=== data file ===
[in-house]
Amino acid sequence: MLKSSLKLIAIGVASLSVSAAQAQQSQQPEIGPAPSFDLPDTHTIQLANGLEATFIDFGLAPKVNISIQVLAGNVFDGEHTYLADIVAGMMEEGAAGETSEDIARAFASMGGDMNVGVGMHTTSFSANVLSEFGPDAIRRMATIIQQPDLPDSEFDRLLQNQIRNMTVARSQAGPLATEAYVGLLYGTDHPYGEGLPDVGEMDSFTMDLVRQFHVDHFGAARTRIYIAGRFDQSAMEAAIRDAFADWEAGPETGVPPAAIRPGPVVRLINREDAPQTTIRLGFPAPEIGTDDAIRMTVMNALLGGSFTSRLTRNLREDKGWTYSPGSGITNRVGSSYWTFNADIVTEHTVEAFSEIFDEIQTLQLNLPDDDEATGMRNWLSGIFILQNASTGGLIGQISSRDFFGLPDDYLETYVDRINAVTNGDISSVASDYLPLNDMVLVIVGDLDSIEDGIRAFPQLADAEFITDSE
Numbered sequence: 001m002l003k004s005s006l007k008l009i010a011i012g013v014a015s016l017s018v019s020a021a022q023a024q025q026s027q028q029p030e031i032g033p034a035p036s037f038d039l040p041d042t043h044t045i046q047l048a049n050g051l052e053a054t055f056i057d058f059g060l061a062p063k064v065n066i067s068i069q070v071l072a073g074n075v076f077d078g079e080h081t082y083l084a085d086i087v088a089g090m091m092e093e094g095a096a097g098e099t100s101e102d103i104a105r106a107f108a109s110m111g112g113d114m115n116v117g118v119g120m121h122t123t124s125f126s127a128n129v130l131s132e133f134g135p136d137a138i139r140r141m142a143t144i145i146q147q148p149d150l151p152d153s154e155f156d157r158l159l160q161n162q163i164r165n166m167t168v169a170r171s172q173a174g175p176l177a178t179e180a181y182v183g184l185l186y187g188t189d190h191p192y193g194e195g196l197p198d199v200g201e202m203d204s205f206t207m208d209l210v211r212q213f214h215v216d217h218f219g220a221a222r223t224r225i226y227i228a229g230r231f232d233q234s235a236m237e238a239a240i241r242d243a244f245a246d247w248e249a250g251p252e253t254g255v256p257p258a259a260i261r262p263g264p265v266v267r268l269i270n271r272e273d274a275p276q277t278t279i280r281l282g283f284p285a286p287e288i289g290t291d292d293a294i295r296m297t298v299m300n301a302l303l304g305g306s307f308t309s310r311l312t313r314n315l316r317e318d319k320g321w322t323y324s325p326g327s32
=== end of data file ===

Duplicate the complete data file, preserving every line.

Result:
[in-house]
Amino acid sequence: MLKSSLKLIAIGVASLSVSAAQAQQSQQPEIGPAPSFDLPDTHTIQLANGLEATFIDFGLAPKVNISIQVLAGNVFDGEHTYLADIVAGMMEEGAAGETSEDIARAFASMGGDMNVGVGMHTTSFSANVLSEFGPDAIRRMATIIQQPDLPDSEFDRLLQNQIRNMTVARSQAGPLATEAYVGLLYGTDHPYGEGLPDVGEMDSFTMDLVRQFHVDHFGAARTRIYIAGRFDQSAMEAAIRDAFADWEAGPETGVPPAAIRPGPVVRLINREDAPQTTIRLGFPAPEIGTDDAIRMTVMNALLGGSFTSRLTRNLREDKGWTYSPGSGITNRVGSSYWTFNADIVTEHTVEAFSEIFDEIQTLQLNLPDDDEATGMRNWLSGIFILQNASTGGLIGQISSRDFFGLPDDYLETYVDRINAVTNGDISSVASDYLPLNDMVLVIVGDLDSIEDGIRAFPQLADAEFITDSE
Numbered sequence: 001m002l003k004s005s006l007k008l009i010a011i012g013v014a015s016l017s018v019s020a021a022q023a024q025q026s027q028q029p030e031i032g033p034a035p036s037f038d039l040p041d042t043h044t045i046q047l048a049n050g051l052e053a054t055f056i057d058f059g060l061a062p063k064v065n066i067s068i069q070v071l072a073g074n075v076f077d078g079e080h081t082y083l084a085d086i087v088a089g090m091m092e093e094g095a096a097g098e099t100s101e102d103i104a105r106a107f108a109s110m111g112g113d114m115n116v117g118v119g120m121h122t123t124s125f126s127a128n129v130l131s132e133f134g135p136d137a138i139r140r141m142a143t144i145i146q147q148p149d150l151p152d153s154e155f156d157r158l159l160q161n162q163i164r165n166m167t168v169a170r171s172q173a174g175p176l177a178t179e180a181y182v183g184l185l186y187g188t189d190h191p192y193g194e195g196l197p198d199v200g201e202m203d204s205f206t207m208d209l210v211r212q213f214h215v216d217h218f219g220a221a222r223t224r225i226y227i228a229g230r231f232d233q234s235a236m237e238a239a240i241r242d243a244f245a246d247w248e249a250g251p252e253t254g255v256p257p258a259a260i261r262p263g264p265v266v267r268l269i270n271r272e273d274a275p276q277t278t279i280r281l282g283f284p285a286p287e288i289g290t291d292d293a294i295r296m297t298v299m300n301a302l303l304g305g306s307f308t309s310r311l312t313r314n315l316r317e318d319k320g321w322t323y324s325p326g327s32